Boomkat Product Review:
Heart-rending collection of songs recorded by Cambodian refugees at a camp on the Thai border, 1983, expressing themselves in a way they were never allowed under rule of the Khmer Rouge. With history repeating itself in Myanmar right now, this set takes on an extra gravity and timelessness. Faithful reissue of the original LP, remastered for poignant impact. Check!
“Cambodian Liberation Songs is a painful call from forgotten resistance fighters, it is a captivating and moving record. It works as a witness of Cambodian history, bringing to the world the breathless voice of the members of the resistance from the Banteay Ampil Band.
Released in 1983, Cambodian Liberation Songs is a mysterious and overwhelming record. As a genuine piece of history, this “call from sorrow and fierce passion” makes use of a whole range of Cambodian music, from folk to rock, to express sufferings and complaints.
On 17 april 1975, the Cambodian people, already crushed under national and international conflicts, was commanded by force to forget their own past, it was annuum 0 of the Khmer Rouge calendar. Four years of genocide would follow before the start of a war opposing the Vietnamese army to the Khmers Rouges. Resistance units engaged in the conflict against what they considered as a Vietnamese invasion. This record, produced by a resistance group, was given the reference number KHMER 001. It was undoubtedly the first record composed and performed by non-Khmer Cambodians after the tragic events of 1975-79.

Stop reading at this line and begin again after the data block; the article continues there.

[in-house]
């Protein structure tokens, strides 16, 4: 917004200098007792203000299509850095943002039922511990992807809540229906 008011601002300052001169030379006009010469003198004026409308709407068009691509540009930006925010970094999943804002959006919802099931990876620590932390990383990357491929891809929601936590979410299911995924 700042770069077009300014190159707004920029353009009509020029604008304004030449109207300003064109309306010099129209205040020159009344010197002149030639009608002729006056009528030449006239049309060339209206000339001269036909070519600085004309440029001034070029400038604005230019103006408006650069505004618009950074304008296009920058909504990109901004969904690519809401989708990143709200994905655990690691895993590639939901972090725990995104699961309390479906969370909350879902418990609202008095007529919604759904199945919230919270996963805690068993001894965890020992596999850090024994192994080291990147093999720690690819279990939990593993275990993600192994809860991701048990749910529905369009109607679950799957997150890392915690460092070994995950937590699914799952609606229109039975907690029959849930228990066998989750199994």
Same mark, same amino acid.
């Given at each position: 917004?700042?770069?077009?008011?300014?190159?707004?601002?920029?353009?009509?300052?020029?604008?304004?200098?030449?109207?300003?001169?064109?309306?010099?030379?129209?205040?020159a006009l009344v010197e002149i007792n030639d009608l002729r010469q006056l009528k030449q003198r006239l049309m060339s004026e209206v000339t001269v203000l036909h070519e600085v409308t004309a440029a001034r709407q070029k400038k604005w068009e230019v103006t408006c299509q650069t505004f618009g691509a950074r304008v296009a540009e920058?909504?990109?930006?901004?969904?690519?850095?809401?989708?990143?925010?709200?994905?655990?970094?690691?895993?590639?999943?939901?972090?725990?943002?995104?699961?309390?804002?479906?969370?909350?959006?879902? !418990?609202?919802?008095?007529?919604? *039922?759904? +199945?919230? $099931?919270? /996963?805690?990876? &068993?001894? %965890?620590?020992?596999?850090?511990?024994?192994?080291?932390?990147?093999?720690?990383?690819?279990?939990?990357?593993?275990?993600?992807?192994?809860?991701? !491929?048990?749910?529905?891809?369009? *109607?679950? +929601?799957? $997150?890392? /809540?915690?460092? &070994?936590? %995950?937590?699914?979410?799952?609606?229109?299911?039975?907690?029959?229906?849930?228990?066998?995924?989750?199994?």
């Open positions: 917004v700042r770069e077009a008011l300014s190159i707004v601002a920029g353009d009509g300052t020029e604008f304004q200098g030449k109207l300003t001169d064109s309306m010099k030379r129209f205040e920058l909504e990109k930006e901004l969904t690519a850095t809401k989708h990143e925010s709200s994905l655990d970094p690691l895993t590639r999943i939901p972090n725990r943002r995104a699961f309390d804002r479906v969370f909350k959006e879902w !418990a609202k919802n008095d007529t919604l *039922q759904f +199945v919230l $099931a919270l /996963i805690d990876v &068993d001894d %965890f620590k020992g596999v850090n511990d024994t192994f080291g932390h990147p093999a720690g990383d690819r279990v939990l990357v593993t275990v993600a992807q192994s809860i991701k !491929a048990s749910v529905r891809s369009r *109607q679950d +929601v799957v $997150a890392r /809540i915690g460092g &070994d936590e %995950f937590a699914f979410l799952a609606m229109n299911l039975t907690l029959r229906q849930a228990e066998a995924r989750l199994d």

The Banteay Ampil Band was created in the refugee camp of Ampil, at the border with Thailand. Musicians and female singers, who had hidden their talents during the genocide, then gathered around the composer and violinist Oum Dara to engage in a new struggle: the resistance. Oum Dara, who had been a composer for Sin Sisamouth and Ros Srey Sothea among others, adapted several of his creations. It is therefore with a poignant charm that the Banteay Ampil Band binds together the golden age of Khmer music from the 1960s with the traditional repertoire and the context of their daily struggles. Violin, guitar and voices match together to produce melancholic and intense songs - the stirring tone of grief expressed by these resistants.
The band went to Singapore to record Cambodian Liberation Songs, the only record of the “Khmer People’s National Liberation Front”.”